Prof. Nwoko’s adventure into politics is suspect; he does it to better his material lot, and to cover up the ‘skeletons in his cupboard, with the known cases of sexual harassment of his students, one of the gender concerns of lawyer-author Izuora since Dreams Deferred.

Femi for instance walks away from the merciless beating he has ordered for Clement (by ‘justices of the jungle’). But he too fares no better (pp. 164-165): “His life is shattered because of this ghost from his wife’s past. Why could he not stay buried in the past? Why ruin the perfect structure he has created to give his life a meaning? (…) In a mad rage, he dashes out into the streets, a broken man. All his years of scratching up a life; scavenging his way into respectability, all seemed nullified. The distance he has assumed between him and his street origin has closed in on him. He is floundering; wondering what he can salvage of his life and whether he can find equilibrium ever again.”

Even while serving an indefinite jail term, Femi still nurses the hope for revenge of what Charles has caused him (p.213): “That Charles! … Even if takes my life, I will get my revenge! … Me and Charles will die together, even if that is the last thing I do!”

Young Femi need not have bothered, as the apostle of his favourite slogan of ‘no permanent interests, no permanent friends’ is already facing his Nemesis elsewhere (p.206): “Charles does not make bail. He has been fingered in numerous shady deals the clean-sweeping anti-graft agency has been investigating …They have no difficulty, therefore, in finding him guilty … the mighty political structure he has banked on for so long crumbles faster than a pack of cards…”

The full circle evolution of each of the characters is epitomized by the sum-total summary of the life and times [the rise and fall] of the former village and city belle, Agnes Amaka (‘Aggs,’ ‘Bee’) at page 206: “A scavenger way away from poverty; recreates a world to be free from her past, it all boomerangs back to a state where honest poverty and ignominy would have been a blessing.”

At the end, the reader is driven instinctively to go back and chorus aloud with the author-narrator, the graffiti on the wall in Charles’s father’s room in the village (p.7): “Life na waa!”
****
Last Line:
Interestingly, the very successful cover illustration was done by another lawyer – turned artist, Abuja-based Laolu Senbanjo, whose father is a lawyer too, but has given him all the encouragement in his choice to paint, sculpt and draw, producing what he calls Art Afro-mysteric, “the mystery of the African thought pattern.” Other commentators have referred rather aptly to his many pieces as “consciousness on canvass.”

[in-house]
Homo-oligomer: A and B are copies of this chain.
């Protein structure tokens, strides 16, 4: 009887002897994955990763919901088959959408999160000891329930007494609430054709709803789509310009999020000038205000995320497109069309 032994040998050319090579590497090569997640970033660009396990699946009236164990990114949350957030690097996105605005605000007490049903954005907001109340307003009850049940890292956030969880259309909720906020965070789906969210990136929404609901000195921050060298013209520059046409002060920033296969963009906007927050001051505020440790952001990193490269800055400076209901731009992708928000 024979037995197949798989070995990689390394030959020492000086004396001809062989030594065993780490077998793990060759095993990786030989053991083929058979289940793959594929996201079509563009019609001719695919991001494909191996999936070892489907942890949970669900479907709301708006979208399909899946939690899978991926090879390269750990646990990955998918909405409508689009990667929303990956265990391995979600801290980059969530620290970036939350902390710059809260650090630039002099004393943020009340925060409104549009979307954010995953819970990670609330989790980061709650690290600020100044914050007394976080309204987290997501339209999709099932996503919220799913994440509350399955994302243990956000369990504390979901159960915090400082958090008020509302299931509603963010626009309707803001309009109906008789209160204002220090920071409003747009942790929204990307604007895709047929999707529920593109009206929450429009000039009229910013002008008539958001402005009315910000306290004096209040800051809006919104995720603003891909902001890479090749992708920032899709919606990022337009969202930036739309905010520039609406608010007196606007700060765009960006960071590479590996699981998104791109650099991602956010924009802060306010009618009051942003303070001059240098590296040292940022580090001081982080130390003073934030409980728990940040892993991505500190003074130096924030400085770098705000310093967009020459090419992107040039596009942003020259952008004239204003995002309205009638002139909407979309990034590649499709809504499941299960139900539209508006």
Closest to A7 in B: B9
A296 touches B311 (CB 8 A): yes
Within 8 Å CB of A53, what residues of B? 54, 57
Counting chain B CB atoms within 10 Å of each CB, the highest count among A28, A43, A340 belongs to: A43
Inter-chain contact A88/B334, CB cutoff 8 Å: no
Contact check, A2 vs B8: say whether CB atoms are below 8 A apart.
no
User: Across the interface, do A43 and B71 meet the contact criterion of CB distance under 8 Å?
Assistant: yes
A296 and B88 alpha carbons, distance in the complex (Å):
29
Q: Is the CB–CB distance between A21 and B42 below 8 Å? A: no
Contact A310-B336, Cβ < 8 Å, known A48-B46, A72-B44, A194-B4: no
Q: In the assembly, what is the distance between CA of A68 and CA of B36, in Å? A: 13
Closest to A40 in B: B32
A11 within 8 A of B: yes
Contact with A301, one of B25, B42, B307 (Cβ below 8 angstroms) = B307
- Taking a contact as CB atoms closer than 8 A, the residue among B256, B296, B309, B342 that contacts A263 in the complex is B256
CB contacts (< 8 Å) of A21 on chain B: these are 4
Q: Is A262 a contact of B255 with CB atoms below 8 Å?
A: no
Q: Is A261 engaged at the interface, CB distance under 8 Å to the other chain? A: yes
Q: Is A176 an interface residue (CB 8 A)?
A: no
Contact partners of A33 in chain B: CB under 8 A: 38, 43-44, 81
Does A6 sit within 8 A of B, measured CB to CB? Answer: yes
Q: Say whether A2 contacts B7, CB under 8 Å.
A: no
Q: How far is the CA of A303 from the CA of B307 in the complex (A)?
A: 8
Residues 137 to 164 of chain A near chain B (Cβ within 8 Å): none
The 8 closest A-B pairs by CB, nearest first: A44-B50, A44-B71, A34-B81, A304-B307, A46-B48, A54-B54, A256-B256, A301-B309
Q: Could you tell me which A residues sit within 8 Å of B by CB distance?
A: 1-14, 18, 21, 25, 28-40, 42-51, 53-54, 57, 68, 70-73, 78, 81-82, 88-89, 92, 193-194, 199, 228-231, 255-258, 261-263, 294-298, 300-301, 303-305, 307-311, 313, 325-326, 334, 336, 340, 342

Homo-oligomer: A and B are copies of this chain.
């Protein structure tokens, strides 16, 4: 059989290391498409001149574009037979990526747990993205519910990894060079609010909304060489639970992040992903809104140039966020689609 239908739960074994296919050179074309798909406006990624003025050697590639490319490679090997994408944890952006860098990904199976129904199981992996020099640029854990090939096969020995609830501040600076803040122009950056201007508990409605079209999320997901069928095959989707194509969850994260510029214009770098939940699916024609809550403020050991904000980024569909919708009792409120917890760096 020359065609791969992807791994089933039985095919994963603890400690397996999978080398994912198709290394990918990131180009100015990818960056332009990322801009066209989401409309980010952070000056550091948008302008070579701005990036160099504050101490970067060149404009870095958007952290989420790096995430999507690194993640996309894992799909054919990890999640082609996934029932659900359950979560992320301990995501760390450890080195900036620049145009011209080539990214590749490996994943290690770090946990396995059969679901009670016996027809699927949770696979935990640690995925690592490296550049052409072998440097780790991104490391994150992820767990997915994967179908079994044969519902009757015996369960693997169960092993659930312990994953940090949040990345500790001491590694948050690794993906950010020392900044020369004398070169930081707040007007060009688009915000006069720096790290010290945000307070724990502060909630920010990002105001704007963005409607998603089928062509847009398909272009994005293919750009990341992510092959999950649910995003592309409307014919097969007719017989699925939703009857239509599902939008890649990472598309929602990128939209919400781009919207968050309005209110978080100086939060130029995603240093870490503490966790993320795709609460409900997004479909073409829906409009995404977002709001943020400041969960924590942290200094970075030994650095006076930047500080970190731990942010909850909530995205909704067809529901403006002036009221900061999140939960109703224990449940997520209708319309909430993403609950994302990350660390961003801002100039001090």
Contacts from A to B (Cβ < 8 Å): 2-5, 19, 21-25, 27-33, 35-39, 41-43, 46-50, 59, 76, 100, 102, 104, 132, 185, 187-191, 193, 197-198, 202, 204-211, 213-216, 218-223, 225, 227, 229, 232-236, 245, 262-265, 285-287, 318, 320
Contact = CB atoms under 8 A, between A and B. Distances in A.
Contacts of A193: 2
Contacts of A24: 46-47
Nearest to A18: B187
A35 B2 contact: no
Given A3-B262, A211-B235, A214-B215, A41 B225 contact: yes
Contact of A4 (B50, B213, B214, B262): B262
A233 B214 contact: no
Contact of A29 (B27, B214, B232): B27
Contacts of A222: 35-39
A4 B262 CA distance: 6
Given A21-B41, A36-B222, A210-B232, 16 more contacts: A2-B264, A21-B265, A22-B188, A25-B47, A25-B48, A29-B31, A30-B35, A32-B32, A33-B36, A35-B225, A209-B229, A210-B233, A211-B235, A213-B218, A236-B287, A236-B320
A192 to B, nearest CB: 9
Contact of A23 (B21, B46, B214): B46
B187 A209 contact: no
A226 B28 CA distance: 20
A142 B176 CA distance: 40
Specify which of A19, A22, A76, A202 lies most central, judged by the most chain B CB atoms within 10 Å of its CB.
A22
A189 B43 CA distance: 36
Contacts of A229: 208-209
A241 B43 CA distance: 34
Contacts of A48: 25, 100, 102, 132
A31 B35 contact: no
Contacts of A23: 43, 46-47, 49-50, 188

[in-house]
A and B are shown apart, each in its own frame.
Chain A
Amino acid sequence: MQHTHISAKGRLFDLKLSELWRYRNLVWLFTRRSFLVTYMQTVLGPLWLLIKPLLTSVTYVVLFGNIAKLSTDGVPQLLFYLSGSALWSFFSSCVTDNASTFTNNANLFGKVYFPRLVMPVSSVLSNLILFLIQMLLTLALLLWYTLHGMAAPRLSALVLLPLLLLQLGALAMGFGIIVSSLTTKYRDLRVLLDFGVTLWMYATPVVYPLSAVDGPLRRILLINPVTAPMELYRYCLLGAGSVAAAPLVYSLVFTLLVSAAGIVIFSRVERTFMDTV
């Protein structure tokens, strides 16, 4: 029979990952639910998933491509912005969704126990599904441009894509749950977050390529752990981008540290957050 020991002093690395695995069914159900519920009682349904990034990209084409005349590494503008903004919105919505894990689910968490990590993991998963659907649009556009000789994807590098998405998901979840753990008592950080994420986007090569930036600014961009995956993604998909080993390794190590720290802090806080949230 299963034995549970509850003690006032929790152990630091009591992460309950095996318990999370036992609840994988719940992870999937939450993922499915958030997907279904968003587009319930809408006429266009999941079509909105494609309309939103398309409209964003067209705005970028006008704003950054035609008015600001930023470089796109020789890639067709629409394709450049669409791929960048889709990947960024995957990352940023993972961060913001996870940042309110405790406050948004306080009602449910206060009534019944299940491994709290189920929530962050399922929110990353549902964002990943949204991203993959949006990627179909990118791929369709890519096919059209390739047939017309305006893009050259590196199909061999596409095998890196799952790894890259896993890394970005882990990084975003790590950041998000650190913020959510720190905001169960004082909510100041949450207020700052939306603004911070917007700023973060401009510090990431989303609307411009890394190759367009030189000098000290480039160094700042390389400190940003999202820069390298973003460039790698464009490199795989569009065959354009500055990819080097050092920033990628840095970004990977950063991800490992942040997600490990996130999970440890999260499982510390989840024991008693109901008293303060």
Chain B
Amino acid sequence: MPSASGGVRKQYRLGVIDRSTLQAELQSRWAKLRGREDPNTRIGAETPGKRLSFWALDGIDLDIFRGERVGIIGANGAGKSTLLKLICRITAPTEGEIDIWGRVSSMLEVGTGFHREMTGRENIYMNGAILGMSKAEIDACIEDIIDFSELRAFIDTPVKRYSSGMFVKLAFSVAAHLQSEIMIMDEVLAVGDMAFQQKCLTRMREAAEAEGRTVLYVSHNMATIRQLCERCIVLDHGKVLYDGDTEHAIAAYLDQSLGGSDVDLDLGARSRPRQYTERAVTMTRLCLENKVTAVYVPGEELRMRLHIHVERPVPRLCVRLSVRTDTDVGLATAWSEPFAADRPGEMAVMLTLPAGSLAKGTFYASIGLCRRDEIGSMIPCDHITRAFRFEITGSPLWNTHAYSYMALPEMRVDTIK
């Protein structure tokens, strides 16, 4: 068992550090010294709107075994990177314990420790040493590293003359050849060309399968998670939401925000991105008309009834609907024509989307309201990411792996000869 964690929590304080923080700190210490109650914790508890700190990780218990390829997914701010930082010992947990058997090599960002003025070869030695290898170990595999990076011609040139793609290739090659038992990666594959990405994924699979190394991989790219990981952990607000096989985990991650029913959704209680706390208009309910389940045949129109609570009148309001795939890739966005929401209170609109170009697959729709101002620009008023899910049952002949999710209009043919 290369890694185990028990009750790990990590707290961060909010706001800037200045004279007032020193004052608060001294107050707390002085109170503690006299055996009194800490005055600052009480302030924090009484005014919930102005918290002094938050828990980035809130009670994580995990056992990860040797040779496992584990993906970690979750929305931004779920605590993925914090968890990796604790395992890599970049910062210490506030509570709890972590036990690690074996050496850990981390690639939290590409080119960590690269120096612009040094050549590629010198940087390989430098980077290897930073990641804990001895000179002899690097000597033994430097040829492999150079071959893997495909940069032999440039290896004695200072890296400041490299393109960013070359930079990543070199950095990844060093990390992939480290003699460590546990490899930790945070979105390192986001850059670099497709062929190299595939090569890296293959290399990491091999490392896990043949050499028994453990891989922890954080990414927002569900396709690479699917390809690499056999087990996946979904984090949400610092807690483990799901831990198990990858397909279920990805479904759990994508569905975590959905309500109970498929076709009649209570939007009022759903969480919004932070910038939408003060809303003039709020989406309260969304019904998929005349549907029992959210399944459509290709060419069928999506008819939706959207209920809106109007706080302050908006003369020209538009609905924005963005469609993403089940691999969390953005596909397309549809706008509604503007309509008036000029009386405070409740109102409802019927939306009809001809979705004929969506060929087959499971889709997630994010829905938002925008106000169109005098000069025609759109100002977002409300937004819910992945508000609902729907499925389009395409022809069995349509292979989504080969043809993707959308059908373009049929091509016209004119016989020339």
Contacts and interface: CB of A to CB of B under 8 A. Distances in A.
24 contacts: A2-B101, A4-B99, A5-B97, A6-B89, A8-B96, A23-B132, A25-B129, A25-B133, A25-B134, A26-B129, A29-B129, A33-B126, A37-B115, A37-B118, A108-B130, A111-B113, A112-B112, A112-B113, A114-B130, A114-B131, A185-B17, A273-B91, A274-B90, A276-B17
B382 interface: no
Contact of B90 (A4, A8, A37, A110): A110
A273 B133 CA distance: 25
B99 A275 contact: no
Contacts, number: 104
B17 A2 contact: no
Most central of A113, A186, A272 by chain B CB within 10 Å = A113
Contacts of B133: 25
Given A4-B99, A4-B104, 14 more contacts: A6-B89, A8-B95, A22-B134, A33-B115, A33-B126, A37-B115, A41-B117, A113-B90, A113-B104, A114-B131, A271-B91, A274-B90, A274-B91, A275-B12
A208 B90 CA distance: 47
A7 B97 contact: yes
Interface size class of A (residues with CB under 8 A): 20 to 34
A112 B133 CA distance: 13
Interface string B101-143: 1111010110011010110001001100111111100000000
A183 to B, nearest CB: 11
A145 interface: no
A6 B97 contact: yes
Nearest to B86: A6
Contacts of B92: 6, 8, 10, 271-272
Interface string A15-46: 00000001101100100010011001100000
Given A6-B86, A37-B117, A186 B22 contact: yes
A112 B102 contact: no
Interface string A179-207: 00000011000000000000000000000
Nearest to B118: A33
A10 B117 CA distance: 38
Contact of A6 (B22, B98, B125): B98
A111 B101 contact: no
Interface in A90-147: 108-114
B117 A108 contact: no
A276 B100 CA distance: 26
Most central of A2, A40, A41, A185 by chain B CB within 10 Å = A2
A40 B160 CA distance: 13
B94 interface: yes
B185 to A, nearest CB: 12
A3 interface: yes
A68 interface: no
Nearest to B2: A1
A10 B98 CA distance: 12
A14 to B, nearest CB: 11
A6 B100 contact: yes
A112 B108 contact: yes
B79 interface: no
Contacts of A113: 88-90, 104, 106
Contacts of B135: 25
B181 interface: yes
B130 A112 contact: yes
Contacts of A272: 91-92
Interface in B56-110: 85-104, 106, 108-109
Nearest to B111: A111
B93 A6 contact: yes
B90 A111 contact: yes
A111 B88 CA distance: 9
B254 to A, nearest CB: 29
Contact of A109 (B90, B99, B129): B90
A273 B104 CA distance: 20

*Jim Pressman is an Abuja – based Freelance [reporting Art/Life, Travel/Tourism and Gender Issues]

Contact him: This email address is being protected from spambots. You need JavaScript enabled to view it.

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Rags of Fortune, a novel by Chukwuma Oraegbu

(Journalist, writer, poet, essayist)

Reviews:

"Rags of Fortune (420 pages), is Mr. Chukwuma Oraegbu's first published novel. It is both a farcical comedy and a tragedy of monumental proportions. A novel of social realism about contemporary Nigerian society, Rags of Fortune catalogues the tragic story of poverty, hunger, unemployment, corruption, police brutality, military dictatorship and human rights abuses in a fictional, oil-rich, West African country called Galanta. It is delightful and provocative first novel."

 

CHAPTER ONE 

The cold wind cut through Nazala’s apparel, biting his body. He shivered. He was a young man of about twenty-four years old. A gangling youth, he was slim of build and tall of height. He had eyes that were at once gentle and penetrating. They were eyes that could hold yours for as long as their own wanted, eyes that could put you uneasy and on the defensive by their luminosity, but the next moment, would be as gentle and compassionate as those of a lamb.

He had a pointed nose that seemed carved on his oval face. Both features, combined with a glowing fair complexion, gave him a handsome, dashing look. His light complexion and almost aquiline nose had led many a people into thinking he had a Balataga ancestry. But he didn’t. He was of the Sastisga tribe, one of the numerous ethnic groups, which dotted the landscape of the African country of Galanta.

He was clad in blue, faded denim jeans, a striped, beige, short sleeve shirt and a stonewashed jeans jacket. He had the tired, dusty, weather-beaten features of a wayfarer. And he was: by his feet were a large-sized gray suitcase and a smaller black bag. The cold wind blew without respite and the more it blew, the more uncomfortable he became. He fixed all the buttons on his jacket, flew the collar and wrapped the jacket tightly around his body. But yet the cold stabbed at him and pricked him.